Hewes Crab blossom The Orchard at Sage Hen Farm:
Peaches and Plums

Descriptions of 10 peach and 3 plum varieties presently growing in our orchard in Lodi, NY.


For descriptions of other fruit trees grown at Sage Hen Farm, go to our pages for apples, pears, and cherries.

NOTE: there used to be descriptions of several apricot trees on this page, but we have had no success. Our last surviving apricot tree, an Adirondack Gold, blossomed, but never fruited for about seven years. It did not survive the winter of 2015-16, but a sucker did. If it ever matures and produces fruit, a description will return.


Peaches
Contender, Finger Lakes Super Hardy, Garnet Beauty, Glowing Star, Madison, Redhaven, Rochester, Saturn, Veteran
(listed in order of harvest, below)
Variety
Origin
Date
Fruit
Size
Skin Flesh

Bloom

Harvest

Rootstock
&
Hardiness
Year 

Merits & Faults

Harrow Diamond
(Redskin x Harbinger)
Ontario, released in 1984
small to medium predominantly red over yellow red bleeding into deep yellow, firm, slow or non-browning; freestone

late April into May


2 weeks before Redhaven

to z4
Halford

2011

tree: medium vigor; light cropper; susceptible to peach leaf curl; somewhat disease resistant

fruit: less sweet, rather acidic for a peach

Garnet Beauty
(Redhaven bud mutant)
Ontario, discovered in 1951, released in 1958
large to very large predominantly red over yellow yellow, firm, non-browning, semi-freestone

late April into May


1-2 weeks before Redhaven

to z5
Halford

2009
first fruit 2013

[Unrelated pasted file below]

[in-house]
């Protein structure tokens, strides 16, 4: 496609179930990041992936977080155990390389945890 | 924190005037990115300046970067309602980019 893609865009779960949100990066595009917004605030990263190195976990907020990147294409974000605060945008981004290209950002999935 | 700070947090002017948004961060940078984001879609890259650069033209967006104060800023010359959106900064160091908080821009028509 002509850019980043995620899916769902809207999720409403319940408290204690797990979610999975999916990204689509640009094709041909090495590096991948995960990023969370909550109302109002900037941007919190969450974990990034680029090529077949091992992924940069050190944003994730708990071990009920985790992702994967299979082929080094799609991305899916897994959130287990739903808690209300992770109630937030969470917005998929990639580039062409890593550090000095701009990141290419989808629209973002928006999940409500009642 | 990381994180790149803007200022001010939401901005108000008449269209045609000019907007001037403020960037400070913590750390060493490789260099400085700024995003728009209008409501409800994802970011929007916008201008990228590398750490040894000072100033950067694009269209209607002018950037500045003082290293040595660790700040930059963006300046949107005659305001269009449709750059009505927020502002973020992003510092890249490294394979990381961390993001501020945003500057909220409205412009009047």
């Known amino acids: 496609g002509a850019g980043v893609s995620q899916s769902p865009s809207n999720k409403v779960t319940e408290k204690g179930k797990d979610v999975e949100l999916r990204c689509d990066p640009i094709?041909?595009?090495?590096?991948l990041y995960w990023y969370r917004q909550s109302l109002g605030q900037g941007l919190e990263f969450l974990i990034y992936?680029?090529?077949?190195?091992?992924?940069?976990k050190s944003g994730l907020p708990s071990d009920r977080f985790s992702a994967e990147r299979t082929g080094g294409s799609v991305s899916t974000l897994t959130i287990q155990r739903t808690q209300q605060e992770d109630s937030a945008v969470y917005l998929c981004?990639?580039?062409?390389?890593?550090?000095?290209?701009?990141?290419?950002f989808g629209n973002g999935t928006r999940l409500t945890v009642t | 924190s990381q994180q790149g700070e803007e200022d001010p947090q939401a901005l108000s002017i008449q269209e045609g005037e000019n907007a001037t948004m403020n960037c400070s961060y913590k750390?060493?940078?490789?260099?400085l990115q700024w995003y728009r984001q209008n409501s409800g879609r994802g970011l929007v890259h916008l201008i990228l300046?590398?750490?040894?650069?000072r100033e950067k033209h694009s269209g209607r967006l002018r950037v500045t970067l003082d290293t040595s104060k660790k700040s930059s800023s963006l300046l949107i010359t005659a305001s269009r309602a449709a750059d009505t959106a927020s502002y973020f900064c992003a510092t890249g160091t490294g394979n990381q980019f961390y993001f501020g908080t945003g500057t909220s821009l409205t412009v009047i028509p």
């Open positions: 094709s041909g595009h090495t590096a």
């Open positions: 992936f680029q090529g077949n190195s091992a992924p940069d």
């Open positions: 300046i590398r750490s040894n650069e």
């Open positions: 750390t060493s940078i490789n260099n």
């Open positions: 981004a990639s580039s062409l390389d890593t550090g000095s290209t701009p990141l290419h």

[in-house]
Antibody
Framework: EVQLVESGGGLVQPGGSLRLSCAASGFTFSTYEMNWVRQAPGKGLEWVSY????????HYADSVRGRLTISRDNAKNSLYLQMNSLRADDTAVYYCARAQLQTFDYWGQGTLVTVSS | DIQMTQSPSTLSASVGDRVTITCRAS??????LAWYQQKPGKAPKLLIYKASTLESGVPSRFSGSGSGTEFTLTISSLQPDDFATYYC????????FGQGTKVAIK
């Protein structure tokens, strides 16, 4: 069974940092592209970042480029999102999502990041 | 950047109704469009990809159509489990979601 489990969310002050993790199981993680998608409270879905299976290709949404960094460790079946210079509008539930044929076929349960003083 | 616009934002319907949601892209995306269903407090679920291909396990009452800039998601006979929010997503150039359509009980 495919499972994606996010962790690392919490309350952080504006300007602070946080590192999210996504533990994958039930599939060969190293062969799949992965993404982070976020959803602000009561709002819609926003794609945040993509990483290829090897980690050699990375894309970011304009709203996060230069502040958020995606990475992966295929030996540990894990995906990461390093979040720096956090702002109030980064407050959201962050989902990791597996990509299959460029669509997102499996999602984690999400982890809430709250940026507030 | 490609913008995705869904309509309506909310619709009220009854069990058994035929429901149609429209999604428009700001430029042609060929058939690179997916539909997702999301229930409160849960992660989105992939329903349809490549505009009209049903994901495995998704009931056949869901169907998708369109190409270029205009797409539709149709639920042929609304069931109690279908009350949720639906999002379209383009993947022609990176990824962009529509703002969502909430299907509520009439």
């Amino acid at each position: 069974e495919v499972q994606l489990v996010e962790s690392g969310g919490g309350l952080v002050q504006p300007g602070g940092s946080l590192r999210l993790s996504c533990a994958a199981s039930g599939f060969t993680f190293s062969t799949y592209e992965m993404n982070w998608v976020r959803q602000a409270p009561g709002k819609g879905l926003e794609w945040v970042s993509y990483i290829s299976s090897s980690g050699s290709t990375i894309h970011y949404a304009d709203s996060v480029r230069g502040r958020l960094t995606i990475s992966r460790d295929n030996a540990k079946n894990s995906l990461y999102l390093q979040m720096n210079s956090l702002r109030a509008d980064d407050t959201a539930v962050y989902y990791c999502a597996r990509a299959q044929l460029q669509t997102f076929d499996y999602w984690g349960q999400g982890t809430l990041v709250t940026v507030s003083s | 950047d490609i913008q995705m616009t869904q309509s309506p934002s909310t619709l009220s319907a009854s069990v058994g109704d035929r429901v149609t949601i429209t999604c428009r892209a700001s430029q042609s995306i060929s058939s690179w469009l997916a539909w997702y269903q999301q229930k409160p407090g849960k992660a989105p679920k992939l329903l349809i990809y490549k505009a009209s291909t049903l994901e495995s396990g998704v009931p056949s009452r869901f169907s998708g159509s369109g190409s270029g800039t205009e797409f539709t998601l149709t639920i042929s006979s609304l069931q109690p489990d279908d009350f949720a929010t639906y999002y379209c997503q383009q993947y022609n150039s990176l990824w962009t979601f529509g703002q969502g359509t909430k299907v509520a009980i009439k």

tree: naturally large; somewhat less susceptible to peach leaf curl 

fruit: very similar to Red Haven

Redhaven
(Hale Haven x Kalhaven)
Michigan, developed 1940, introduced 1948

medium predominantly red over golden yellow yellow with red around pit, very firm, non-browning, semi-freestone

late April into May


usually around the third week of August

to z5
Halford

2005, 2007
, 2015

 

tree: naturally large, heavy cropper (needs thinning); somewhat less susceptible to peach leaf curl

fruit: became the standard for flavor and juiciness almost since it was introduced

Saturn
or Doughnut

(cold-hardy strain of Peento)
NJ, introduced 1990; first Peento was imported from China in 1869.
small, very oblate white, with red blush; little fuzz usually; skin peels easily white, soft, freestone

mid April into May


just after Radhaven

to z5
Halford 

2008

tree: very heavy cropper; fruit does not hang well; somewhat disease resistant

fruit: very sweet – some complain too sweet and not enough peach flavor, some describe a hint of almond

Rochester
(Early Crawford x open pollinated)
NY 1900

variable, medium to large red over yellow yellow, browns quickly, medium soft, freestone to semi-freestone

late April into May


2 weeks after Redhaven

to z4
standard

2008
first fruit 2013

tree: naturally large, upright spreading; susceptible to peach leaf curl

fruit: classic peach flavor

Special: more popular in England than in US; since Miller's merged with Stark Bros, I've been told Rochester is almost impossible to find any more in the US.

Finger Lakes Super Hardy
(developed by Miller Nurseries)
Canandaigua, NY
small to medium red-orange over yellow yellow, non-browning, freestone

late April into May


2-3 weeks after Redhaven

to z4
standard

2008
first fruit 2013

tree: naturally small; susceptible to peach leaf curl.

fruit: sweet and very juicy

Special: since Miller's merged with Stark Bros, I've been told the FLSH may be no longer available.

Contender
(Summercrest x Redhaven)

N.C. 1987

med to large predominantly red over yellow yellow, firm, non-browning, freestone

early May


3 weeks after Redhaven

to z4
Halford 

2008